What about the single parent vote?

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How should single parents vote? Many single parents may be wondering who is the best candidate to address their specific needs. Is the Republican party more concerned about single parents? Maybe it’s the Democrats, after all President Barack Obama was raised in a single parent home. This can be tough terrain to navigate. If you are currently unemployed or underemployed, you may believe it’s time to give another candidate a chance to turn the job situation around. If you or your child don’t have health insurance you may believe Obamacare is your saving grace. But before you cast your ballot, think carefully not just about the candidate but about their political party. Because whether Mitt Romney or Barack Obama is in the White House this November, the President will have to garner cooperation from both parties to get legislation passed. Which candidate will have greater success in getting legislation important to the single parent passed? A better question may be which candidate cares more about the single parent demographic?

Interestingly enough, I have not witnessed either political party paying specific attention to the single parent demographic. I have seen the parties seem to woo the female vote, the gay vote and the Hispanic vote, but what about the single moms and single dads? The single parent faces unique issues that cannot be covered by focusing on gender or sexual orientation voter wooing.

What about the statistics? Single parent homes have a higher poverty rate than married families and they are also more likely to be without health insurance or be underinsured.

So, as a single parent, how should you vote? I am not going to tell you who to vote for or whether one party is better than the other. I will tell you to exercise your right to vote! In this great democratic nation of ours, many have died and made sacrifices to secure your right to vote. You, me, all of us owe that much to those who have died protecting our freedoms and rights. Now that you know I want you to vote, let’s talk about how to vote.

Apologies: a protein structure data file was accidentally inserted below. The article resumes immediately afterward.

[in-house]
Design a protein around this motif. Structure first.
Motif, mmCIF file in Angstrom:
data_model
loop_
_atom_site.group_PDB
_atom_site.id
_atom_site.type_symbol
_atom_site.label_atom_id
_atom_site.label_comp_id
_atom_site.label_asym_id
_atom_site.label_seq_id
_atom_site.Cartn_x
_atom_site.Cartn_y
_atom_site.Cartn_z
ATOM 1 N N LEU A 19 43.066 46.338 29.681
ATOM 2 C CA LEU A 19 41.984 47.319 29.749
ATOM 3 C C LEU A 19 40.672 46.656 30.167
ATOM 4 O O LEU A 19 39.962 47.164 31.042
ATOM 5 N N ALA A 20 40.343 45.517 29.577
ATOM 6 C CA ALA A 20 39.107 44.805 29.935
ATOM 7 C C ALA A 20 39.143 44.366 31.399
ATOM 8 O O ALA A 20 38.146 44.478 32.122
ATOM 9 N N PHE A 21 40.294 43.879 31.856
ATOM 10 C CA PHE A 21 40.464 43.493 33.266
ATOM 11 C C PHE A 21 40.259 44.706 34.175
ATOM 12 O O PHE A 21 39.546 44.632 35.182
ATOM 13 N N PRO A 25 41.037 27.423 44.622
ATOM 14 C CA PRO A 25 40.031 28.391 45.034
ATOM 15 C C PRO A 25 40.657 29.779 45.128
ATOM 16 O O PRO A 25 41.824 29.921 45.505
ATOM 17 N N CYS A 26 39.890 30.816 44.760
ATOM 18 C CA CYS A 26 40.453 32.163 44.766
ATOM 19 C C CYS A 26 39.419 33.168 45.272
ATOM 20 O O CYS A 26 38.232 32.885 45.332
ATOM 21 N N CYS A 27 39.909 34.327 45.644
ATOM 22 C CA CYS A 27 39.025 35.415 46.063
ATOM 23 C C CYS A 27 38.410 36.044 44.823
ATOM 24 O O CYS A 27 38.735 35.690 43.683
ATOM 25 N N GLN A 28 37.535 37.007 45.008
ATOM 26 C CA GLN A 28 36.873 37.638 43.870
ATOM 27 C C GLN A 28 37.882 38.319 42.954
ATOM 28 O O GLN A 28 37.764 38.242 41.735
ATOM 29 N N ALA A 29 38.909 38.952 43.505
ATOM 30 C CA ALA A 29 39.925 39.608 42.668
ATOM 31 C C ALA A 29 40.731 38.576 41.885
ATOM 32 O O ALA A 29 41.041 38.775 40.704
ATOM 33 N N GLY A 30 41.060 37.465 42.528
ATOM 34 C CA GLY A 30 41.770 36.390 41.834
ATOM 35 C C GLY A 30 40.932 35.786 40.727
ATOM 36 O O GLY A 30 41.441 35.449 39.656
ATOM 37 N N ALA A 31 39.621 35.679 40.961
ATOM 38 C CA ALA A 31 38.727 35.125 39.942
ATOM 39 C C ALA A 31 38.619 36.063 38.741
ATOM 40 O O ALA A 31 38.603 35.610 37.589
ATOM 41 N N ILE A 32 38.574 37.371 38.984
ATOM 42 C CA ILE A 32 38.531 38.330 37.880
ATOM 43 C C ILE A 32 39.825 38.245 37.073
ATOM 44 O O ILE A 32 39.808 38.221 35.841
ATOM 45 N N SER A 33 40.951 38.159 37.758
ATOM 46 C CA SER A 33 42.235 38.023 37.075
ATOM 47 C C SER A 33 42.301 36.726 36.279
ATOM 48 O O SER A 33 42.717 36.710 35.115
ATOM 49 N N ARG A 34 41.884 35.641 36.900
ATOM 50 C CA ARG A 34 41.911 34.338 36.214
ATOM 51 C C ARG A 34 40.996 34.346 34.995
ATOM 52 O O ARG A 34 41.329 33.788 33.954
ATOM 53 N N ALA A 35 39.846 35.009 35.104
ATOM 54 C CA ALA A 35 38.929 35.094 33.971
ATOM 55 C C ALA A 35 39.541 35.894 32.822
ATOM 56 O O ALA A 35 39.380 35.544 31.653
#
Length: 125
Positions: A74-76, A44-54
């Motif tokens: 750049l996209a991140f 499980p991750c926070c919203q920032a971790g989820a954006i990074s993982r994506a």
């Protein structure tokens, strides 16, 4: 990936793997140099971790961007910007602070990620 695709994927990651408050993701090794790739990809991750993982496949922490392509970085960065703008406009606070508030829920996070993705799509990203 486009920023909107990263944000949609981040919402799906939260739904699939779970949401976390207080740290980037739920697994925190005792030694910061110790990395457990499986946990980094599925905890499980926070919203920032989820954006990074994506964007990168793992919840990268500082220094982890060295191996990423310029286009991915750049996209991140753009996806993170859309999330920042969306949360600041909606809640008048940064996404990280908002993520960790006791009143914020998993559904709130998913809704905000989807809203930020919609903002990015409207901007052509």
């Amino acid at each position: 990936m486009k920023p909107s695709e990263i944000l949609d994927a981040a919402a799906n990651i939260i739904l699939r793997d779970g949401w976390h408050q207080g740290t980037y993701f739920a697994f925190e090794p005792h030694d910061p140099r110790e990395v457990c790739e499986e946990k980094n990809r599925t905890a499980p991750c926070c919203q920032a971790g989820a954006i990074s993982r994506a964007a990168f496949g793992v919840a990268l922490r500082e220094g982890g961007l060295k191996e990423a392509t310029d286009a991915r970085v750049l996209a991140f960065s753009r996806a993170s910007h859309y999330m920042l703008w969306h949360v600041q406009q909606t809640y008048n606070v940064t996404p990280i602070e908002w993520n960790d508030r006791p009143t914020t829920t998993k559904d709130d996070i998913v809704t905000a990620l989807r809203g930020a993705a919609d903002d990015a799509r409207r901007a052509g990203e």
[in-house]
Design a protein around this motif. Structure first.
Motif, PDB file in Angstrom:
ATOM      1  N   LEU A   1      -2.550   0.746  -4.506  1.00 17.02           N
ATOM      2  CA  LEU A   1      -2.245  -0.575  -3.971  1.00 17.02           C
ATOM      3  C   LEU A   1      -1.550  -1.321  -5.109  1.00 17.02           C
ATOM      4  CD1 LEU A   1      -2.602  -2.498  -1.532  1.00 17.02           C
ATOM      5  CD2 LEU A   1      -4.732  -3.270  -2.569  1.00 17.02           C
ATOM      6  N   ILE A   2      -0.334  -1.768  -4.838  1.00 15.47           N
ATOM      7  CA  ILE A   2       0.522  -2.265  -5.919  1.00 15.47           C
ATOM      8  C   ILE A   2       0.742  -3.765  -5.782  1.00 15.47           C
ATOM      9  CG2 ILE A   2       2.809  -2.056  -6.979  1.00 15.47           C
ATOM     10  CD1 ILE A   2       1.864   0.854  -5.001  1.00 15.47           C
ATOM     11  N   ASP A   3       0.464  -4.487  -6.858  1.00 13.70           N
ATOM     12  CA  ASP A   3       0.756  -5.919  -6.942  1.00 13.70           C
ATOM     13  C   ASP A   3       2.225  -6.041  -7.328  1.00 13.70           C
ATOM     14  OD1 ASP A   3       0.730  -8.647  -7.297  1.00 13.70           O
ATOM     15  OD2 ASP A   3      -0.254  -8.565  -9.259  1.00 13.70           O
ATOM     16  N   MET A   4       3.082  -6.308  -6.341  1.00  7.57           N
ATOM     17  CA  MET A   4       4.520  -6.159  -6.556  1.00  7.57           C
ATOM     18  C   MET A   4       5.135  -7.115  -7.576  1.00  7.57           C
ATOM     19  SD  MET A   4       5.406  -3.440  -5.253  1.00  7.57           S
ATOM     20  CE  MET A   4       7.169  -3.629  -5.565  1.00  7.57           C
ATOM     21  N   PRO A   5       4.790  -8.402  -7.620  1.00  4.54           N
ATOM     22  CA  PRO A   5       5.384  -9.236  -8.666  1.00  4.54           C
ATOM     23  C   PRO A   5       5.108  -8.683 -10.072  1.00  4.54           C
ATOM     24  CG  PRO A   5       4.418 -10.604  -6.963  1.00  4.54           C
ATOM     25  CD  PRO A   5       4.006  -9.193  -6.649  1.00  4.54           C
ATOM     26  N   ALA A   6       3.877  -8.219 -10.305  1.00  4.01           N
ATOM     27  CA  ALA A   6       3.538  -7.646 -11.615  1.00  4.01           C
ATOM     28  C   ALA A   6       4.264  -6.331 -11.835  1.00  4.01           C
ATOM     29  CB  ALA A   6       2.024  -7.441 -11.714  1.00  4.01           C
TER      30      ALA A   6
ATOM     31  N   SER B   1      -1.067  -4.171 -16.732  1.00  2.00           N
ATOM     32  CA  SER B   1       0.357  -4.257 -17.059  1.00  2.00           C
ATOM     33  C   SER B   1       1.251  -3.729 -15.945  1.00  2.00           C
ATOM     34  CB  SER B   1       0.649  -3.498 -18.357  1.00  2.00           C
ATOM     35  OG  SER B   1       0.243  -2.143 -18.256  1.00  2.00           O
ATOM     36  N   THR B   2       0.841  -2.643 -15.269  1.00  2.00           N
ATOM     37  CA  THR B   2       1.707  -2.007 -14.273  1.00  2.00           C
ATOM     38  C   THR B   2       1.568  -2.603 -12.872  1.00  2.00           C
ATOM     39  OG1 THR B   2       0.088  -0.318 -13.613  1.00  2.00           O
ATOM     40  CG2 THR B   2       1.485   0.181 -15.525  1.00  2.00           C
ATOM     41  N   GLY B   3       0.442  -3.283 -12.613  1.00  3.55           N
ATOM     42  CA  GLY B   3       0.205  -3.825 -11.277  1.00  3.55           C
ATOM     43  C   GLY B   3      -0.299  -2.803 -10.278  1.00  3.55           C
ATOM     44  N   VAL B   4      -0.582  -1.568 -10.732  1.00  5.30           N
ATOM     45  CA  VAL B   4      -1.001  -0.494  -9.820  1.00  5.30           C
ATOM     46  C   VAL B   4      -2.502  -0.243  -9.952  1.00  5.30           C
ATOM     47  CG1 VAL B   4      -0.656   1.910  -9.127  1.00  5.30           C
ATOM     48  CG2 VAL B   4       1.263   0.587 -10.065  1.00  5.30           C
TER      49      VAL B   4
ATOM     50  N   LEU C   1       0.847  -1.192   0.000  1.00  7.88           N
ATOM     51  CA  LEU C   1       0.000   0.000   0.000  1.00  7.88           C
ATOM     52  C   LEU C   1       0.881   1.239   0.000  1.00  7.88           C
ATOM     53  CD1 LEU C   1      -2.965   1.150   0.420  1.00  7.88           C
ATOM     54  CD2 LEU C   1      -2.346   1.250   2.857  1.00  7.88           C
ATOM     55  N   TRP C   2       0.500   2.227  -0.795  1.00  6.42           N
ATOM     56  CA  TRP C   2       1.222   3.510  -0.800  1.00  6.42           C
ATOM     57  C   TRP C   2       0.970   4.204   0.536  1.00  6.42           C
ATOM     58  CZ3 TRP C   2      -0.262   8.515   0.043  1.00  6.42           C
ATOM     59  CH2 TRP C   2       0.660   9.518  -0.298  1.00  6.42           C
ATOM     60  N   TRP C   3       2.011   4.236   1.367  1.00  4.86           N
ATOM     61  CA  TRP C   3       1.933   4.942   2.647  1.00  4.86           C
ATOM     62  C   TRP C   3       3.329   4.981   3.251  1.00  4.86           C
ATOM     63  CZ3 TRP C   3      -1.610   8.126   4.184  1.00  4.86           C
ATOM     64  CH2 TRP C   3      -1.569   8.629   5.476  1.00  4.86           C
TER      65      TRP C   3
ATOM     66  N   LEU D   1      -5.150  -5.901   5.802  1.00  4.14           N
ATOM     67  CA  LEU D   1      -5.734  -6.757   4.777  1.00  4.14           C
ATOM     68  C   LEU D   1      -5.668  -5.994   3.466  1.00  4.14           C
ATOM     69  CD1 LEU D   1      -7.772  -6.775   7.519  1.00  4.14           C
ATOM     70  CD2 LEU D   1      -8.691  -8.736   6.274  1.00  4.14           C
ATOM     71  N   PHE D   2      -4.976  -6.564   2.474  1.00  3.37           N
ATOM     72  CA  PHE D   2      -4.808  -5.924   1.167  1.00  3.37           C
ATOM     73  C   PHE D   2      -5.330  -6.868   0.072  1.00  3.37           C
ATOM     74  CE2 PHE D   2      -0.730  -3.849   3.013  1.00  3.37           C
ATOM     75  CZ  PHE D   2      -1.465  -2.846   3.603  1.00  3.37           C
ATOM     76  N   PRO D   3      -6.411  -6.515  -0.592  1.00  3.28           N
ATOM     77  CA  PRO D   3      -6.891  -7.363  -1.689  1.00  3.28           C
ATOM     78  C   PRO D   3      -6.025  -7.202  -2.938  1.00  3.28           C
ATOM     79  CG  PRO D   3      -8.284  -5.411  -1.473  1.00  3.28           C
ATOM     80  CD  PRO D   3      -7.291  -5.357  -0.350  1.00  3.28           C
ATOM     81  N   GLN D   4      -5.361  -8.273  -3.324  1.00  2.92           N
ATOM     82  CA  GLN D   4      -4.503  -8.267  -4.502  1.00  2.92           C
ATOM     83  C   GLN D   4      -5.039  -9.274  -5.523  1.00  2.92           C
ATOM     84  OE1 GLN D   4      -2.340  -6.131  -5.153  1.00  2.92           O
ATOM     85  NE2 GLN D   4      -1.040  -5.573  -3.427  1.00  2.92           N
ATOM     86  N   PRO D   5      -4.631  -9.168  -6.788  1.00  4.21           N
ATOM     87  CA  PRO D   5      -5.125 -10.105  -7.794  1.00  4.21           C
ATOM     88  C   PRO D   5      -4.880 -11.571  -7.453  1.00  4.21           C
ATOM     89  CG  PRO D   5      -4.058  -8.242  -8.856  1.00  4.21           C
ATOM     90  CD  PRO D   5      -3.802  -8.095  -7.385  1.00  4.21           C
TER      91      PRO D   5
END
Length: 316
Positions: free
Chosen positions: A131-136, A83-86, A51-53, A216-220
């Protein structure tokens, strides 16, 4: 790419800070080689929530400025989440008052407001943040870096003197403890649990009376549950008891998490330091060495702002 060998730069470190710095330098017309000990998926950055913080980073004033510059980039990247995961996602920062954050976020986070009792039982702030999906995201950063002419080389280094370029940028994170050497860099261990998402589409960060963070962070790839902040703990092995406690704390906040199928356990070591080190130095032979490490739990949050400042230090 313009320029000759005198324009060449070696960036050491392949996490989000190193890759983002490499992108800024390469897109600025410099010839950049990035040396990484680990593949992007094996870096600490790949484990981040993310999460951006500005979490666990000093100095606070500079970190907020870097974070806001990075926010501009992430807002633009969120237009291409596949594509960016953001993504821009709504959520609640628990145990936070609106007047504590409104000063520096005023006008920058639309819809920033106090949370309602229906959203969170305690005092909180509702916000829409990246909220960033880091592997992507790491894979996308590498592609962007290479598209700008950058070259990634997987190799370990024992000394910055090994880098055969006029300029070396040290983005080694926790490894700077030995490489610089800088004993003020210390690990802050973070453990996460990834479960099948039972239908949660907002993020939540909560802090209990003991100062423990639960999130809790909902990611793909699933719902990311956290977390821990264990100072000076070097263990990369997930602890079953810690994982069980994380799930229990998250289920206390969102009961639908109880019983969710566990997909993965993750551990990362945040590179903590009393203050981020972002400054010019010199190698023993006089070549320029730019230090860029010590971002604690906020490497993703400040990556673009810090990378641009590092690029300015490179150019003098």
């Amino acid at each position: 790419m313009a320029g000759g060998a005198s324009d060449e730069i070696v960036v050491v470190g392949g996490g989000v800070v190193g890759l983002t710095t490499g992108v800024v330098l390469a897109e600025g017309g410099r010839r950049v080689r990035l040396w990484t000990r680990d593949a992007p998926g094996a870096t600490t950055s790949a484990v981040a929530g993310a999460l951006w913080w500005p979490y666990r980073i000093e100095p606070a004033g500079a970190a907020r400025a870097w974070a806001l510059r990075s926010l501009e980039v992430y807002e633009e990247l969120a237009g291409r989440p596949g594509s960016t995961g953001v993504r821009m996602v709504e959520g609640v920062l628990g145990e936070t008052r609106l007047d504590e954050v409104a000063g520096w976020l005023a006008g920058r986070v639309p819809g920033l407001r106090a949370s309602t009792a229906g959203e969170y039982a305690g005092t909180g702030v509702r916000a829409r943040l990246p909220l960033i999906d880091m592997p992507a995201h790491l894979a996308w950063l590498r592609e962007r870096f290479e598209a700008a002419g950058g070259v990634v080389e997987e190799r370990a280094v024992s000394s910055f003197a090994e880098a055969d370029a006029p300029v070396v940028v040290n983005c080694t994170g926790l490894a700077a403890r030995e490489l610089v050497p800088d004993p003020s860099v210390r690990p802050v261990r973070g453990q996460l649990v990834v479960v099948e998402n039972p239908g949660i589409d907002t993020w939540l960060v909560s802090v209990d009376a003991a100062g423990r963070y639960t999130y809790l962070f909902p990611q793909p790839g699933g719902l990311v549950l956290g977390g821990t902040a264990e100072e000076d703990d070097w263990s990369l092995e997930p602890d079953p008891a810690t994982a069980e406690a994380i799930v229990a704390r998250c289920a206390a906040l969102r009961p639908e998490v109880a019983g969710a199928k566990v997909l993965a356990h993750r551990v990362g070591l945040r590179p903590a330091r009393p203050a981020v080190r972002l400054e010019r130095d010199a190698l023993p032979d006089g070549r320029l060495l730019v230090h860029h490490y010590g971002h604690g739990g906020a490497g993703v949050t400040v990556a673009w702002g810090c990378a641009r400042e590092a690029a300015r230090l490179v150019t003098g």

How to vote:

First, decide what issues are most important to you and your family. Is it jobs or the economy? How about gay marriage or do you believe marriage should be between one man and one woman? Is women’s health care a primary concern for you? Do you believe all children should have health insurance no matter what the cost? Next, which candidate, if voted into office is most likely to get those issues to pass? Do you want higher taxes for the “rich” or do you believe all should pay a fair share of higher taxes? Will this candidate get both Republicans and Democrats to cooperate and work together? Take the hot button issues and number them in order of importance. Doing this exercise will give you a much clearer picture of which candidate may be the right one for you and your family. Another good exercise is to call your local Democratic and Republican offices. Tell them you are a single parent and ask why you should vote for their candidate. I did – and the results were eye opening!!

In closing, a few things to remember: one issue should not be the THE ISSUE. There are a number of issues that impact the single parent family. Being for or against abortion, for example, should not be the deciding factor in when you cast your vote. Also keep in mind that you don’t have to vote for the party you are registered with. Lastly, vote for the candidate you believe in, not the one your mom, sister or even your pastor believes. Deciding who to vote for is important. But the most important decision you can make this November is the decision to vote! Those defending our freedom, past and present, are counting on you and your vote!

Article Written by Allison Jarman
Although recently married, Mrs. Jarman spent 17 years as single parent. She is the proud mother of two adult daughters. Mrs. Jarman was a classroom teacher in public schools and currently works in accounting and finance. She is a twice published author and weekly contributor for articles pertaining to single parents and families.

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